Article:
Who is the Academy?

by The Cowl Editor


Opinion


Who is the Academy?

Questioning the Voting Procedures of the Emmys

by Christina Charie ’25

After watching the Emmys on Sunday night, viewers were angry about the results, as they found many of the shows selected were quite out of touch for a 2021 awards show. From a simple glance at the Academy’s executive board page, it became evident that there is a significant lack of diversity, which has prompted the Twitter trend #EmmysSoWhite. 

The voting process for the Emmys is incredibly vague from the description found on the official website. In fact, according to the website, an individual or program can self-nominate. Voters are composed of peer groups representing the various categories within the industry. All 16,000 voters (about the seating capacity of Madison Square Garden) decide the nominations in the larger categories, such as Best Comedy or Drama, while peer groups vote on Best Actress or Best Actor awards. The Academy also names the Ernst and Young Accountants as their ballot checkers. Final round voting is based on peer groups as well. 

The voters are required to verify that they watched the shows, but the verification process is not defined, leading  to questions of how actively engaged voters actually are with the shows. Additionally, when going through the nominee lists from the late 2000s, finding a nominee of color is difficult. 

Even this year, people questioned how Josh O’Connor won Best Male Actor in a Drama Series, beating out Regé-Jean Page, the breakout star from Bridgerton. Out of six nominees, four were men of color. Billy Porter from Pose won in 2019 and Sterling K. Brown from This Is Us took home the trophy in 2017, but neither was selected for the award this year. A common thread between these two award years includes the absence of The Crown—a show with a predominantly white cast—from the nominees in those years.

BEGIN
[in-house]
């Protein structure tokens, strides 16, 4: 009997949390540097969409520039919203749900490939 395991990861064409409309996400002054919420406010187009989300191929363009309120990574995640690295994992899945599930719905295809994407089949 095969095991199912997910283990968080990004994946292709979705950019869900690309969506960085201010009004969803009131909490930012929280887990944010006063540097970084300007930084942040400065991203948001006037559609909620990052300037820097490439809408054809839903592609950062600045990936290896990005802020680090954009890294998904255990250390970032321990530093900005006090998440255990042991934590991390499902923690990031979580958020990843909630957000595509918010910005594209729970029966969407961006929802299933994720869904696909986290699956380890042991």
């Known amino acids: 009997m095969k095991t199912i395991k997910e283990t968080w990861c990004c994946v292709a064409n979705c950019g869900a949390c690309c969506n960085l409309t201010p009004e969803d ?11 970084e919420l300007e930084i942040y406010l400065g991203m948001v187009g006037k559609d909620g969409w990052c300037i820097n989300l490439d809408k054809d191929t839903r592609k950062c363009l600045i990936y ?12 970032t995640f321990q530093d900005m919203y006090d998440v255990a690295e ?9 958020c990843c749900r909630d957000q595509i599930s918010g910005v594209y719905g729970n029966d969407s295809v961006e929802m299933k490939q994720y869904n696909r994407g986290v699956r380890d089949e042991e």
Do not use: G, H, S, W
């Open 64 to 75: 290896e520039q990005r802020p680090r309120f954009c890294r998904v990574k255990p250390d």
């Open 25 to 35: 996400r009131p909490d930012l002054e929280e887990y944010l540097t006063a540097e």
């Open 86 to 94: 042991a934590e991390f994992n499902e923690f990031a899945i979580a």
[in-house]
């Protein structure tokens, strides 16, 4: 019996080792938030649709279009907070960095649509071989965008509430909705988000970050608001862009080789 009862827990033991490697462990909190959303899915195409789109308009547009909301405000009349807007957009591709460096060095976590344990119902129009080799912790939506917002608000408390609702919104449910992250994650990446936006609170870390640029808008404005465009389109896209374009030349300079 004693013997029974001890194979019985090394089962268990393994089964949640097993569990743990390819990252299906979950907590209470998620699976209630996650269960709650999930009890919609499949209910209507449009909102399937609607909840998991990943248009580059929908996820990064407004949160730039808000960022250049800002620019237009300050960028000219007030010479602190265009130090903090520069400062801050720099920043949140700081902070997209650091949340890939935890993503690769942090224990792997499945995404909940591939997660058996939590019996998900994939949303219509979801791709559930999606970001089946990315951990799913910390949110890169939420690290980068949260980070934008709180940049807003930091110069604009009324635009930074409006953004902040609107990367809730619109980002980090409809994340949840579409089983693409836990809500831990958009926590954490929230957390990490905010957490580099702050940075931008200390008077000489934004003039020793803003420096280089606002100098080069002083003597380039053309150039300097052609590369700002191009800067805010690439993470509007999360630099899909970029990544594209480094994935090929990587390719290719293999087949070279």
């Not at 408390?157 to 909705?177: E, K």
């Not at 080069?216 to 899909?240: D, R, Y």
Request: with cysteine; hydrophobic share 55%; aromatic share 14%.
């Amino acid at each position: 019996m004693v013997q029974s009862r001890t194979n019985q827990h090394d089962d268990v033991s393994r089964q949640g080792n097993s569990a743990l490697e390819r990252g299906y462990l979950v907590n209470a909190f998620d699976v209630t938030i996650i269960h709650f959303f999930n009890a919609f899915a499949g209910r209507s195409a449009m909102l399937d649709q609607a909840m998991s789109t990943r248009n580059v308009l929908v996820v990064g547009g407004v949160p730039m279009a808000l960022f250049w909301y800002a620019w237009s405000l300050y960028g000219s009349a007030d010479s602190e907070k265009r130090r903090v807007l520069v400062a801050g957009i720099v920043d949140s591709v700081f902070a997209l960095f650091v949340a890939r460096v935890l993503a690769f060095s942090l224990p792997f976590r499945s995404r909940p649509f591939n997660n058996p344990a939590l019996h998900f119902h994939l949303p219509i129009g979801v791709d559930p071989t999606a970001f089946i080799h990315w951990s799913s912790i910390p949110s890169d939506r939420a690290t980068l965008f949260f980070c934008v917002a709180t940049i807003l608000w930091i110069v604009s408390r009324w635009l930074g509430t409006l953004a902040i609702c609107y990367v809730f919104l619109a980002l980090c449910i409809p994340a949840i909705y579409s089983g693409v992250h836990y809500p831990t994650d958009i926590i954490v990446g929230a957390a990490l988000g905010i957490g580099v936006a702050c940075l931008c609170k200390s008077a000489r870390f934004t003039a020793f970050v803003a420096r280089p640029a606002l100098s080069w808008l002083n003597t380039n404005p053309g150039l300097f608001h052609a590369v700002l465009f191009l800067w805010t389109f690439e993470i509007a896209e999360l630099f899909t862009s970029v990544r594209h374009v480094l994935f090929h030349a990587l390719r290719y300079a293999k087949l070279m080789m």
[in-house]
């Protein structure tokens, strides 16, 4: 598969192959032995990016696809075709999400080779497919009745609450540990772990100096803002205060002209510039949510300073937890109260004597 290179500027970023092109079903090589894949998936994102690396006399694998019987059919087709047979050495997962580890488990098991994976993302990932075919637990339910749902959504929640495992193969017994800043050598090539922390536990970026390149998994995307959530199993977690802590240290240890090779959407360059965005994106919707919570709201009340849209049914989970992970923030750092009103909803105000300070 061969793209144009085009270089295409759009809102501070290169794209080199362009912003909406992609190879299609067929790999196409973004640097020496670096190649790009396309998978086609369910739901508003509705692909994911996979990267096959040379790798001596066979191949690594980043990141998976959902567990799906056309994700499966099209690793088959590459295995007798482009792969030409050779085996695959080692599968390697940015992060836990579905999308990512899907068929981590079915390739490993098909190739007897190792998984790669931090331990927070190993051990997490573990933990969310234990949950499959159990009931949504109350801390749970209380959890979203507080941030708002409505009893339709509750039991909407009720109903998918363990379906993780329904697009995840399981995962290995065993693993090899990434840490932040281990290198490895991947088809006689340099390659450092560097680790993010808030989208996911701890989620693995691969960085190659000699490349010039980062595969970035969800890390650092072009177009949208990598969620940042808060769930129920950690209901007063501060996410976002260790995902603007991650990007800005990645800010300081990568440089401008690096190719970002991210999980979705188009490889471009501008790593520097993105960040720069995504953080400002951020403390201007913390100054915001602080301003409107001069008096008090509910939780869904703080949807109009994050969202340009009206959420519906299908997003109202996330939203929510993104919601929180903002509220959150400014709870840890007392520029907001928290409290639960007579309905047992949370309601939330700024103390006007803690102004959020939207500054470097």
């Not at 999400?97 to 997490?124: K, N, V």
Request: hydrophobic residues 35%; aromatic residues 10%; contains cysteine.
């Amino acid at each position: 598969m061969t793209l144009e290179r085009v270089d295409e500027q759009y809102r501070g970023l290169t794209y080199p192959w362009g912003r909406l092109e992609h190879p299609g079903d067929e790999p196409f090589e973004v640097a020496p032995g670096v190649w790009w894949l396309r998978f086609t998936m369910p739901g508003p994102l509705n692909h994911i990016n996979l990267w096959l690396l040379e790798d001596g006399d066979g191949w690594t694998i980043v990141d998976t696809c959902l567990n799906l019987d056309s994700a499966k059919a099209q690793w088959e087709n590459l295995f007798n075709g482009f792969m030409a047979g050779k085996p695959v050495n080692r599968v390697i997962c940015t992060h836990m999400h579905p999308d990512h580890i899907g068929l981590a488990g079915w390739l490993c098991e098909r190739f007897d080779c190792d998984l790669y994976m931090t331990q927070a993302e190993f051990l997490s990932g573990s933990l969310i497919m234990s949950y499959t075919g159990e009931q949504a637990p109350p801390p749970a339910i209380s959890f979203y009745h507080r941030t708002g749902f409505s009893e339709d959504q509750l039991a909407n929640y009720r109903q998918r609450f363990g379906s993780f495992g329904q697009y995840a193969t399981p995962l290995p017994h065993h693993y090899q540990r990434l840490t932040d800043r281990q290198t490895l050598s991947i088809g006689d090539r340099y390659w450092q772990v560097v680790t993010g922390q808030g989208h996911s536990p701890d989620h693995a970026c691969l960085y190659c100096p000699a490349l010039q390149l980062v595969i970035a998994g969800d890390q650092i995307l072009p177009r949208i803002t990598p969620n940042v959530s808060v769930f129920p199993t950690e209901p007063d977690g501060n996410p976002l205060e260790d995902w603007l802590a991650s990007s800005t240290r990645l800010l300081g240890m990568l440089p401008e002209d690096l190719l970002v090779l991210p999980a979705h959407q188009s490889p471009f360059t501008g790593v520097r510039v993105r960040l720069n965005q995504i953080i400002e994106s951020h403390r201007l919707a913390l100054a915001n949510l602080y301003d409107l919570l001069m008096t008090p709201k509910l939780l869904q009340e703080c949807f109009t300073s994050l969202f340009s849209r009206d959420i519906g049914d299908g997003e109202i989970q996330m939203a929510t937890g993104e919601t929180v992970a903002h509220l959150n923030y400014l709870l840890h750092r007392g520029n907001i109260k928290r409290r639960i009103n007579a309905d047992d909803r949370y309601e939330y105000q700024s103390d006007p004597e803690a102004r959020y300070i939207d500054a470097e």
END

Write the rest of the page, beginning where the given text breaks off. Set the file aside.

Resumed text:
Talented men of color are represented in the nominations, but another British man portraying Prince Charles still came out on top. One of the reasons why shows become successful is the relationship between viewers and characters, and Page’s representation of the Duke was certainly successful in doing just that. While many overlook the show, categorizing it as another trend, Bridgerton is a period piece for modern society, with a diverse cast, romance, and elaborate scenery and costumes. Page ushers in a new era of period pieces along with the rest of the Bridgerton cast. The entire show was overlooked again in the Best Drama category.  

Even though O’Connor is certainly talented, the role he acquired does not present any innovations or room for creativity. The Crown is a refined Royal Family TV adaptation, but the concept has been overused. The Crown continues the period piece tradition of fussy costumes and unrelatable characters. In terms of Best Actress in a Drama Series, Emma Corrin as Princess Diana made an incredible impact on pop culture, reviving interest in the figure. The selection of Olivia Coleman is another example of traditionalism in the Academy. Coleman plays Queen Elizabeth II, who is a slightly more stereotypical female character, and Coleman sought no innovation in her role. 

The Academy also has a habit of selecting the same show year after year for the same award. This year, The Crown took home eleven awards, while Game of Thrones has acquired over twenty awards during its run. The Academy clearly has favorites, with The Crown being one of them. Therefore, to uncover the truth, one must discover the motives behind their decision-making and ensure that voters are truly engaged in the content that they are watching, rather than just doing so passively and voting on the one show they truly watched. Additionally, creativity, innovation, and diversity should be more celebrated, along with the actors who are trailblazers in those roles.


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